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The OSFM Recognizes Arson Awareness Week 2022

ILLINOIS, May 2 - Springfield, Ill- The Office of the Illinois State Fire Marshal (OSFM) is raising awareness about arson and the seriousness of this crime, while educating Illinois residents about the true cost of arson and it's impacts on individuals and communities. The theme for Arson Awareness Week 2022 (May 1-7), Arson in Homeless Communities: Engagement - Education - Outreach.

According to the National Fire Protection Association (NFPA), municipal fire departments in the United States responded to an estimated annual average of 52,260 intentionally set structure fires in the five-year period from 2014 to 2018. These fires caused an estimated 400 civilian deaths, 950 civilian injuries, and $815 million in direct property damage each year. Three in five intentional structure fires occurred in residential properties and most of these fires involved homes. The incidence of these fires typically peaks in March and April and again in July. In 2021, OSFM Arson Special Agents responded to 1,053 investigations and canine teams assisted in 202 investigations. In 2021, the OSFM's Arson Division closed 41 arson related cases with an arrest. The OSFM Arson Division consist of seven Accelerant Detection Canines and 17 Special Agents who aid and assist fire and police department across the state.

"I strongly encourage fire departments to work together with law enforcement partners to educate members of their communities about the serious consequences of arson," said Illinois State Fire Marshal Matt Perez. "These intentionally set fires not only can impact the homes or business that are targeted but can spread and impact a larger area. Through education and community awareness arson fires can be reduced dramatically, if you see something, say something."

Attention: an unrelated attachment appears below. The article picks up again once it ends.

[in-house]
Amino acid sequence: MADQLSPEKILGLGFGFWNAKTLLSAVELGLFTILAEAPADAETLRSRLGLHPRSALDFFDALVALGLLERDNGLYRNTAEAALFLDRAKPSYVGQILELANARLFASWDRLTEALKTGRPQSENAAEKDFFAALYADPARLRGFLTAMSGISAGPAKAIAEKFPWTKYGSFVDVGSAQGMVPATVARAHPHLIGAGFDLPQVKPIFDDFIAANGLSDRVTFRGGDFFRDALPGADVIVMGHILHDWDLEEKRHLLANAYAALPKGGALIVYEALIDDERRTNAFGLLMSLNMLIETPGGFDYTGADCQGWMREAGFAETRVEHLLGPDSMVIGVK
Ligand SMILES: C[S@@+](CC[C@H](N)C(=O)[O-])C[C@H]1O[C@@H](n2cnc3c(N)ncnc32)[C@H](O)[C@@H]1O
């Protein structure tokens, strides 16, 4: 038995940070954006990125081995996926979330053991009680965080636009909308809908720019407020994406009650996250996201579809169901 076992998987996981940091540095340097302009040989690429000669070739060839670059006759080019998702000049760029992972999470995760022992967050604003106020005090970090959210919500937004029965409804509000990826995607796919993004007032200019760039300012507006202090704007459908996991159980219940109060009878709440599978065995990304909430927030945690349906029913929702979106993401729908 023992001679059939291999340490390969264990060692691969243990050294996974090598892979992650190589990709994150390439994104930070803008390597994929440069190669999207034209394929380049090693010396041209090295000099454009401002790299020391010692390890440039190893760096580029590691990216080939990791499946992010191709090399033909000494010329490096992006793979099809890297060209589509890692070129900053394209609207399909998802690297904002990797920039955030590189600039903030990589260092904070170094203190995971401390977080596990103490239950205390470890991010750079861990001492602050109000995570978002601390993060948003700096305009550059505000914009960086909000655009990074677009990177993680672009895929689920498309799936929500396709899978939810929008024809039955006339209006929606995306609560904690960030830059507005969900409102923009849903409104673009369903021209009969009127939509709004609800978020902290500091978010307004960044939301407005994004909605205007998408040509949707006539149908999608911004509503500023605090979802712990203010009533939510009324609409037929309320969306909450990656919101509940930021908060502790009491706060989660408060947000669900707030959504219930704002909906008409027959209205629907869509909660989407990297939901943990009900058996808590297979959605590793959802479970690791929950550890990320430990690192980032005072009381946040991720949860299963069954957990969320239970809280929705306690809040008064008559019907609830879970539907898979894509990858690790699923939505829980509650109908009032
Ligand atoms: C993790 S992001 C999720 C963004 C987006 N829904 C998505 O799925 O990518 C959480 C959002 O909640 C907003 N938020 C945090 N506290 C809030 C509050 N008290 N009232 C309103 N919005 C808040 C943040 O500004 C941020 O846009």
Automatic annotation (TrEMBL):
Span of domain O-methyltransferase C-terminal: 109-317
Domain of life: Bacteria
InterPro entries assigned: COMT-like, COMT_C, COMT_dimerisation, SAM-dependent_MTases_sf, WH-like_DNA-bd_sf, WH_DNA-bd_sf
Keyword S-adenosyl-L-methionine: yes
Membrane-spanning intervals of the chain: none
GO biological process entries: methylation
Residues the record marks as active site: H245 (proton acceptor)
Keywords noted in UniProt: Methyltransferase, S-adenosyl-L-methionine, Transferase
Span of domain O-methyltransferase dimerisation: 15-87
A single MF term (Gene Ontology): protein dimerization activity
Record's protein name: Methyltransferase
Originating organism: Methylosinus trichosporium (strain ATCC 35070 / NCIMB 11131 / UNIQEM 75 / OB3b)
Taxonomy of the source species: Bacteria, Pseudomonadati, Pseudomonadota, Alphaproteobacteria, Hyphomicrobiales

A statewide Arson Hotline, (800) 252-2947, has been established so that citizens may anonymously provide information about a suspicious fire that has occurred or may occur.

Arson fires are preventable through education and awareness such as the Youth Fire Setter Intervention Program. To request help from this program you can call 1-844-689-7882 or visit the OSFM website at

These tips listed below can help reduce the risk of arson:

  • Keep leaves, firewood, overgrown brush and shrubbery and other combustibles away from buildings.
  • Keep doors and windows locked when a building is unoccupied. Board up abandoned buildings. Do not use double cylinder deadbolt locks without keeping a key nearby, bars without quick release mechanisms, or other security provisions that could trap a person in a building with a deadly fire.
  • Store all flammable liquids such as; paints, gasoline, and mowers in an approved storage location: locked cabinets, locked storage units, and locked garages (prevent access to kids). Also, keep away from heat sources such as furnaces and any type of heaters.
  • Report suspicious activity near houses or other buildings to the local police and support Neighborhood Watch programs.
  • If you suspect a child is setting fires, notify the proper authorities. Keep matches and lighters out of reach and out of sight of young children.
  • If you know or suspect that an arson crime has been committed, contact your local fire or police department.

For more information about arson prevention and the OSFM Arson Division, visit